LOFAR, the LOw Frequency ARray, is an innovative new radio telescope currently under construction in the Netherlands, which will continuously monitor the radio sky in the frequency range 10-240 MHz.

Transients Key Project

Transient sources are one of the four Key Projects of LOFAR. Under its remit come all time-variable astronomical radio sources, including pulsars, gamma-ray bursts, X-ray binaries, radio supernovae, flare stars, and even exo-planets. With its continuous monitoring of a large area of sky, it is hoped that LOFAR will detect many new transient events, and provide alerts to the international community for follow-up observations at other wavelengths.


The WSRT LFFE observations have been approved. We were awarded 12h to observe SS 433, GRS 1915+105, and Cygnus X-3 at both 92cm and with the LFFEs. We were also awarded four 12h runs over the course of a month with the LFFEs to observe any new northern hemisphere transient that goes off.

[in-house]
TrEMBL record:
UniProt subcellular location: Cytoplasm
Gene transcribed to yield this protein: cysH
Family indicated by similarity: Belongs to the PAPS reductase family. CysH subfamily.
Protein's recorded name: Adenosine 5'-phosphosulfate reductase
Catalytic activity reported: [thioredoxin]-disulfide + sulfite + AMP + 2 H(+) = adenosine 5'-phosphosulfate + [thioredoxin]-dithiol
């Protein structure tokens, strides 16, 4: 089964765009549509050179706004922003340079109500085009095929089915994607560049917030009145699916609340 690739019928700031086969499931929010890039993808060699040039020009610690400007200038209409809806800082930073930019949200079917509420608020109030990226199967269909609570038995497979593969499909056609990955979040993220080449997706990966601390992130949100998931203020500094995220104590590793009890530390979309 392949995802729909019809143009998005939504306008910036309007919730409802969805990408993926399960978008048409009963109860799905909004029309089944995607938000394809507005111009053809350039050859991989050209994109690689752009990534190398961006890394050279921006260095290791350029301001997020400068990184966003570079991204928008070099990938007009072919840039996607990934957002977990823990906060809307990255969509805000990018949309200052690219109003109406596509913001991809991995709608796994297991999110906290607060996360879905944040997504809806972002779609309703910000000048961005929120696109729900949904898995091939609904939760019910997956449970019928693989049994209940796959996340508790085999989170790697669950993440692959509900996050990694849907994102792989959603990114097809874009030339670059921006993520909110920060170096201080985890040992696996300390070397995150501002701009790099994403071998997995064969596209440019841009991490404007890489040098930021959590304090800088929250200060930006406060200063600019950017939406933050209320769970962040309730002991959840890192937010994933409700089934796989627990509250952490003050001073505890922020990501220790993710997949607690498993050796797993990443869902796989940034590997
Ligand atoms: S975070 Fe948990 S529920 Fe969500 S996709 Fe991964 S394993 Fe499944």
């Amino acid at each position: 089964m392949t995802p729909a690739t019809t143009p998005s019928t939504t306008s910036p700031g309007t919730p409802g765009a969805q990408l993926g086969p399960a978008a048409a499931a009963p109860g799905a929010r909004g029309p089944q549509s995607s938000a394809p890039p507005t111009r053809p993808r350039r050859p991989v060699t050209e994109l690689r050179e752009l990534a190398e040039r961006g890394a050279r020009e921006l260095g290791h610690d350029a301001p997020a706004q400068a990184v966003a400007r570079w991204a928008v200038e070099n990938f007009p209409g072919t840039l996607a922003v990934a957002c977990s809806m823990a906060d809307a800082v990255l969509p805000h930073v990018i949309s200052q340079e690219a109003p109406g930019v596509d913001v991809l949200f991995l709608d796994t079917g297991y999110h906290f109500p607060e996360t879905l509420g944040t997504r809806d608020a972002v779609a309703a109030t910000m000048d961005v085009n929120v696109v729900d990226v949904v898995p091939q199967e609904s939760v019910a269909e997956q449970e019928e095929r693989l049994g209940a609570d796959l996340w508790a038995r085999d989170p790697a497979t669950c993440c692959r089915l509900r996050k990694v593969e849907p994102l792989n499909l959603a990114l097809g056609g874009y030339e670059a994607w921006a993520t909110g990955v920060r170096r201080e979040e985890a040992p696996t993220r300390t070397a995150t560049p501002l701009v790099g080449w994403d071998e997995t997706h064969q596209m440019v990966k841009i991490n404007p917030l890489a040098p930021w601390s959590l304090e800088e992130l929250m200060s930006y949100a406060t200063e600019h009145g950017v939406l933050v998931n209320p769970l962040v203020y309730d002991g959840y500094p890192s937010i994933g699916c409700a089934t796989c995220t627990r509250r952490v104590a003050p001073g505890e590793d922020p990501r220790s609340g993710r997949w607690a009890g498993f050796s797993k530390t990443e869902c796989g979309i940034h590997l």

We are continuing to monitor 3C 454.3 at regular intervals, since it flared in May 2005 (ATels 484, 488). Thus far, there has been no evidence for a brightening at 330 MHz.


The Astronomical Institute of the University of Amsterdam has one 2.5-year postdoctoral position available in the area of radio transient searches with LOFAR, starting in the autumn of 2005. Depending on funding, there may also be a PhD student position and an additional programmer/software manager position available effective January 2006. Click here for more details.